I then had this moment of enlightenment when I realized why some of the things I’ve read and tried to do, just flopped or drained me completely of energy, it’s because they were trying to get me to see and interact with the world in a way that was not natural for me (my personality).
Some books try to make Extroverts out of Introverts… Others try to tell you to see the world differently or counter to your intuitive or judging/perceiving mindset. It’s not the books fault, I mean, hey it works for them and their personality, why can’t it work for everyone? Well it can’t because we all see the world and interact with it differently.
Some Interesting Numbers: Introverts/Extroverts are rather evenly split. But people that rely on their senses outnumber people trusting their intuition 74% to 26%, and feelers outnumber thinkers by a 60% to 40% margin.
What does this mean? I don’t really know, but I think it’s an interesting observation.
First please refer to my previous review on the first book here.
On to the newer content…I purchased this book because I was going to re-read this book. It seems like a good thing to do for the new year (reset and plan) it's also time for some much needed vacation.
I have just seen Episodes 1 & 2 and what an excellent series. I think that it adds to another mini series released last year by the History Channel, call “The Revolution“.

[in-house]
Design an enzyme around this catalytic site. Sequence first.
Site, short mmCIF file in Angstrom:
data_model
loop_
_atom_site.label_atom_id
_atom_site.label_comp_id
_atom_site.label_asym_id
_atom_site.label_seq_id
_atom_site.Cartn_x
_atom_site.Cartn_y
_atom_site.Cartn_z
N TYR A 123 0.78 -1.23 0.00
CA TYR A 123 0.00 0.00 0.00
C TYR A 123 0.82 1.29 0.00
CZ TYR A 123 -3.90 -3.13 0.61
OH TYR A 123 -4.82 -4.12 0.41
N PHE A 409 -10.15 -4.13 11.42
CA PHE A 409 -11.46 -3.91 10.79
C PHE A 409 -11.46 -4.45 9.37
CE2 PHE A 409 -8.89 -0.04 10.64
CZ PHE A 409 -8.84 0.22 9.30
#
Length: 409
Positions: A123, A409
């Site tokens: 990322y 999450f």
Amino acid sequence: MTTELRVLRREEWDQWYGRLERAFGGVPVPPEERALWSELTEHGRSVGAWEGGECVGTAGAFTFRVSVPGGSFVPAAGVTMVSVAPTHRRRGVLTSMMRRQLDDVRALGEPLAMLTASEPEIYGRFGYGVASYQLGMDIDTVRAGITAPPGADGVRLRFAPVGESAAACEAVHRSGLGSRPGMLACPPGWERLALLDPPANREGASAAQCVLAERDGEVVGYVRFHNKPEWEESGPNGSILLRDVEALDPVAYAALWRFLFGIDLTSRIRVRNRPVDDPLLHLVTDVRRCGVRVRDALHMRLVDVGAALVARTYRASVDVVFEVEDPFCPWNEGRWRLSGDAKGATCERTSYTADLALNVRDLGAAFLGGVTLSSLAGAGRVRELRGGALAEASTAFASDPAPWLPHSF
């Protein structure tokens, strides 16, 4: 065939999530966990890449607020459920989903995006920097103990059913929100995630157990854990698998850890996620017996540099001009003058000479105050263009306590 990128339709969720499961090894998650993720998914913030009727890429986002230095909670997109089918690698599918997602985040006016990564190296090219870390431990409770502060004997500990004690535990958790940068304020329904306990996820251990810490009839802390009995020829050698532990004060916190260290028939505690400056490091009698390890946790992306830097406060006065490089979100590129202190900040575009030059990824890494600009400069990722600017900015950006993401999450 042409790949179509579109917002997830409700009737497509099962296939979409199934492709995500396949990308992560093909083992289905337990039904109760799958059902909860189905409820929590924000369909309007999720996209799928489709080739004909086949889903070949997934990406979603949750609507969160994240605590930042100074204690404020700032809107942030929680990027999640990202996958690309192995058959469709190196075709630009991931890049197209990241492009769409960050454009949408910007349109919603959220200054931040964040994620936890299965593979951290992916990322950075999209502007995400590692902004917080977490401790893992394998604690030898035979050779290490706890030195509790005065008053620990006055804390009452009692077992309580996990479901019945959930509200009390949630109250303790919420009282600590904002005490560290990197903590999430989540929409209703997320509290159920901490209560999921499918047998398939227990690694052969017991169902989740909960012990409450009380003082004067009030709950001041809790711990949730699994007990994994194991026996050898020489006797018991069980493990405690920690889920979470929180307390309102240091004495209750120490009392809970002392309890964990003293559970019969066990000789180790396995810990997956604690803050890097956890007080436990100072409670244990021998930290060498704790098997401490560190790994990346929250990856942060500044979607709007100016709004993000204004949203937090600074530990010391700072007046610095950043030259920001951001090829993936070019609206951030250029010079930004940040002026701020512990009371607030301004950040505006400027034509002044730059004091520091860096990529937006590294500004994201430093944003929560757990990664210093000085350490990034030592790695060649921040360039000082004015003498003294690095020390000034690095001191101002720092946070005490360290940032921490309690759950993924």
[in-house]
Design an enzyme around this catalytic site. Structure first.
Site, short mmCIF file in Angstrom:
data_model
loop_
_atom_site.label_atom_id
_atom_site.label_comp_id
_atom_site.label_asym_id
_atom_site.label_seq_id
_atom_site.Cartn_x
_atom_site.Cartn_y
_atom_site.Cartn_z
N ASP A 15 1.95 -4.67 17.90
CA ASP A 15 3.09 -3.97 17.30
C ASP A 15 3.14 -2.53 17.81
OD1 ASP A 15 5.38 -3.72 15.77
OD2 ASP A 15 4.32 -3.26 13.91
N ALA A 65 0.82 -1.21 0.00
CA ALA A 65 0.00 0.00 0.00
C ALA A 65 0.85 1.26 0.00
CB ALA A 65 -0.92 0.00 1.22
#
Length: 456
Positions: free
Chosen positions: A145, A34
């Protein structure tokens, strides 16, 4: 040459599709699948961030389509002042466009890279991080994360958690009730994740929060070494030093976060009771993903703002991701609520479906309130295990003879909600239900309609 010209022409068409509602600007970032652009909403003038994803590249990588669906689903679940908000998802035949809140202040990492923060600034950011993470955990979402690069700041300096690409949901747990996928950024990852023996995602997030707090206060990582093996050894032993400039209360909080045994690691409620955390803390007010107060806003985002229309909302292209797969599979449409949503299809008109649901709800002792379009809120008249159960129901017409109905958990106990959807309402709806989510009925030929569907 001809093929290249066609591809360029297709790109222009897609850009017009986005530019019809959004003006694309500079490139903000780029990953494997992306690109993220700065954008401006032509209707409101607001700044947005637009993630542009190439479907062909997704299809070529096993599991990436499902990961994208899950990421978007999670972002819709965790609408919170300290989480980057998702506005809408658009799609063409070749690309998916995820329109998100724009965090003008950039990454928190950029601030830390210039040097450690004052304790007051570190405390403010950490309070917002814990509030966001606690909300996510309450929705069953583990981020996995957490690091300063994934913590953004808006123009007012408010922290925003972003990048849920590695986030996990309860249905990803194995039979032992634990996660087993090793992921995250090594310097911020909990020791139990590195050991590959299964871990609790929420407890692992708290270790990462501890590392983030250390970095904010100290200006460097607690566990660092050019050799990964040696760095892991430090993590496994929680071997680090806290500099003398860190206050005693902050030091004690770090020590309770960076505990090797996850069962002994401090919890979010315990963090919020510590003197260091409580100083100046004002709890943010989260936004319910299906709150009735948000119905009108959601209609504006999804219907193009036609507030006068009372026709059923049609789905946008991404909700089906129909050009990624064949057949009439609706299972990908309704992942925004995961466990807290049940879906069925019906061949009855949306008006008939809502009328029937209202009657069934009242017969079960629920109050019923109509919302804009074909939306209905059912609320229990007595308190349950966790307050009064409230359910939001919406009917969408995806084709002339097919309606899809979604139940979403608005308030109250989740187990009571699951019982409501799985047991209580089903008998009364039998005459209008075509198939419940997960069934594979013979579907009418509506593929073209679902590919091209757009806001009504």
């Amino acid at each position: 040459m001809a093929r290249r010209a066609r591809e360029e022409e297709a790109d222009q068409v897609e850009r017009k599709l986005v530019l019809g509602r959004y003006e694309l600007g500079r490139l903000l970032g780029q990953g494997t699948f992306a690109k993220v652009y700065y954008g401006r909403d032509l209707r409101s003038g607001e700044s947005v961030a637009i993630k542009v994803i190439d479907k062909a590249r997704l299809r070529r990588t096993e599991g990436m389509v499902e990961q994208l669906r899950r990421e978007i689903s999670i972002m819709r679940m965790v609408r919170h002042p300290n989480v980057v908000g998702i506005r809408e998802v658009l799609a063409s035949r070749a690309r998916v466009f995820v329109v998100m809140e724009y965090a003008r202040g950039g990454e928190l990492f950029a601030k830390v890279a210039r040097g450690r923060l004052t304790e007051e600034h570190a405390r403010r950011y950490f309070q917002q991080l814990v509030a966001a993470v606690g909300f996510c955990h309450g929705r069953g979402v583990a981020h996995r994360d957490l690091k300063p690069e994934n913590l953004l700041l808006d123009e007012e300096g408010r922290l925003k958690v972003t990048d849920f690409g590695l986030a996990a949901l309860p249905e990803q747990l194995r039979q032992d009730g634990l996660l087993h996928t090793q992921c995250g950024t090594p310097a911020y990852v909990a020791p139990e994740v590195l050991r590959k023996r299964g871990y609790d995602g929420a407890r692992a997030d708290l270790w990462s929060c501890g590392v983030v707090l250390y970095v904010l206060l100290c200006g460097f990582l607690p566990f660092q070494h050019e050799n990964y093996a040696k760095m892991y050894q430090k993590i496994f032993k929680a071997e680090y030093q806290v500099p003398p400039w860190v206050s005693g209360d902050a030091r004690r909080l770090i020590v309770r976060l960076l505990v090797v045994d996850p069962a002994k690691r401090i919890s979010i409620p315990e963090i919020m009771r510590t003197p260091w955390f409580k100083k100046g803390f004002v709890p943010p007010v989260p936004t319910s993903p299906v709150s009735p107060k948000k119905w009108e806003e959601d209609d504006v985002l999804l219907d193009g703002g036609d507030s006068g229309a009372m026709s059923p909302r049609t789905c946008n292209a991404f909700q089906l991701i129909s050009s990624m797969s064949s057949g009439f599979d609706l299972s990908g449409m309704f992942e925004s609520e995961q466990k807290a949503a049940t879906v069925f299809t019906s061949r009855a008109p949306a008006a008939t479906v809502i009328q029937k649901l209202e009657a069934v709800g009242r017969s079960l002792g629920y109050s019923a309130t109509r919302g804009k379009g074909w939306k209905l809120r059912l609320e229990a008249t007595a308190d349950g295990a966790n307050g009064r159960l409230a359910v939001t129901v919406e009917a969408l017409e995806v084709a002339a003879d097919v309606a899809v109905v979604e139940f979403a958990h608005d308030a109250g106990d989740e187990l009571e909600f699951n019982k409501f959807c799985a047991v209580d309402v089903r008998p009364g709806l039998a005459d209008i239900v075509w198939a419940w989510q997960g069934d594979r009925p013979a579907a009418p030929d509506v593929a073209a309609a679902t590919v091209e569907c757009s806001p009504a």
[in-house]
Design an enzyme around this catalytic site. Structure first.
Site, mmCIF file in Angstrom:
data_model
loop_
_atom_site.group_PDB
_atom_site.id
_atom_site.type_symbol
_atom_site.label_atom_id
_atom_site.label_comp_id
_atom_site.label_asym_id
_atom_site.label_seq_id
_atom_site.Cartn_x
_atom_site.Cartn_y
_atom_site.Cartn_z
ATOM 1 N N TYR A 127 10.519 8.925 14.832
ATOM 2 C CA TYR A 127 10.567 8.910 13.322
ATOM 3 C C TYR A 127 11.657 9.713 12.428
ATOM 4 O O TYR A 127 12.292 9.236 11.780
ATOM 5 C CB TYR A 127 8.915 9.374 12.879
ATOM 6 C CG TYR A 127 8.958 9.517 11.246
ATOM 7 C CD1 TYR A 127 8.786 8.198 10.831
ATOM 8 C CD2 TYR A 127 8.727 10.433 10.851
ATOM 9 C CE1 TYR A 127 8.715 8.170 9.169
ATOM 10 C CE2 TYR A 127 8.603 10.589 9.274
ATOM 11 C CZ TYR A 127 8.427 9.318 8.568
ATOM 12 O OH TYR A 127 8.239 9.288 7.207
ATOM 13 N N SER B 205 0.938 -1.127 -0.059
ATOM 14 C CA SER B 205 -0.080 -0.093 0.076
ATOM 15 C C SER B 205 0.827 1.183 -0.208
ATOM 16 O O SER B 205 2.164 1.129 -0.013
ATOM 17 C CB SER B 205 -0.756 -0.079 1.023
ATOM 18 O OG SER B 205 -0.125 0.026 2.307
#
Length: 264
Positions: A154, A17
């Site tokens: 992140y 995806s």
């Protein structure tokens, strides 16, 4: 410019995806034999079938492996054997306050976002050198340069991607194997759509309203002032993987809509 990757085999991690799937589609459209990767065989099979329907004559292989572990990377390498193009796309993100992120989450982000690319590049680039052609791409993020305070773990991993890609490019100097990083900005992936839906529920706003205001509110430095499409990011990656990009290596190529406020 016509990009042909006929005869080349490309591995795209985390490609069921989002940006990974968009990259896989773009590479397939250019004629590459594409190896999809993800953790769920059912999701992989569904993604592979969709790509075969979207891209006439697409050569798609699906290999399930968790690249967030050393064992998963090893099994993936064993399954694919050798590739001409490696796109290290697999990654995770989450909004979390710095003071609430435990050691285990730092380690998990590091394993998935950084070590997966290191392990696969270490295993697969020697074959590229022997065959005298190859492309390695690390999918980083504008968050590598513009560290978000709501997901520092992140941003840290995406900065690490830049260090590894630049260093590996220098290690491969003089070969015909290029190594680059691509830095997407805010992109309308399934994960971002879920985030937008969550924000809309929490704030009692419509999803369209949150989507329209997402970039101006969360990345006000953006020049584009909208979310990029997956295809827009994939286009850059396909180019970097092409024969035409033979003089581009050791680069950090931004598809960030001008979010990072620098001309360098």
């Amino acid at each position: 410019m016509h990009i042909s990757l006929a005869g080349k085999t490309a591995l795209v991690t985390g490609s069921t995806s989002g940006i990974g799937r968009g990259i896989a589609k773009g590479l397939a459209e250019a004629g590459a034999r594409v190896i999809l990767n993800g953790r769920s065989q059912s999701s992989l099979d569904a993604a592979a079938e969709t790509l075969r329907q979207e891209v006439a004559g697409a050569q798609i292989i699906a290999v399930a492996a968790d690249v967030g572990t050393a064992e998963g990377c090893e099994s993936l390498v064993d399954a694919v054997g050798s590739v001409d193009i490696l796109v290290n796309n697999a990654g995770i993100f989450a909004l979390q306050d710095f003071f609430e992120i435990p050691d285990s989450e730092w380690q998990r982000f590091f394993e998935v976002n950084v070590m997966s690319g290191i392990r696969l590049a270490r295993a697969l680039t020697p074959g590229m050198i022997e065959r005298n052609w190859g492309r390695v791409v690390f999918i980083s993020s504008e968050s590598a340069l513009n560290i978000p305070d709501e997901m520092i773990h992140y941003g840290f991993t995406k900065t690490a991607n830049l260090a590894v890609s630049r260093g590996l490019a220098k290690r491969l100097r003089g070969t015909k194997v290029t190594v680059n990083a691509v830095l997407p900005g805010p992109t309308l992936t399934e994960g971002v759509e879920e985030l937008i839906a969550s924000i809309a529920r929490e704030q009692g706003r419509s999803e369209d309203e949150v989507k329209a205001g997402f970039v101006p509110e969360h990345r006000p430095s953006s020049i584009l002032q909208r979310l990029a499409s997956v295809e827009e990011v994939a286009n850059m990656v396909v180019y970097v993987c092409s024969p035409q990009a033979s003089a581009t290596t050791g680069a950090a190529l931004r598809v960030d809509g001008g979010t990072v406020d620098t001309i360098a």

Episode 1 – Details the trial of British troops where John Adams provides a successful defense. It also lays some of the seeds of discontent in Boston.
Episode 2 – Details some of the important moments of the Continental Congress, like creating a continental army and drafting the Declaration of Independence.
I will summarize the remaining episodes as I get a chance to watch…
I purchased this book after re-discovering The 4 Hour Work Week a few weeks ago.
The book somehow started forcing a re-wiring of my brain. I started thinking of everything in a non-linear way, probability, chaos, something perfect for my mind, something that rekindled my more decisive younger self.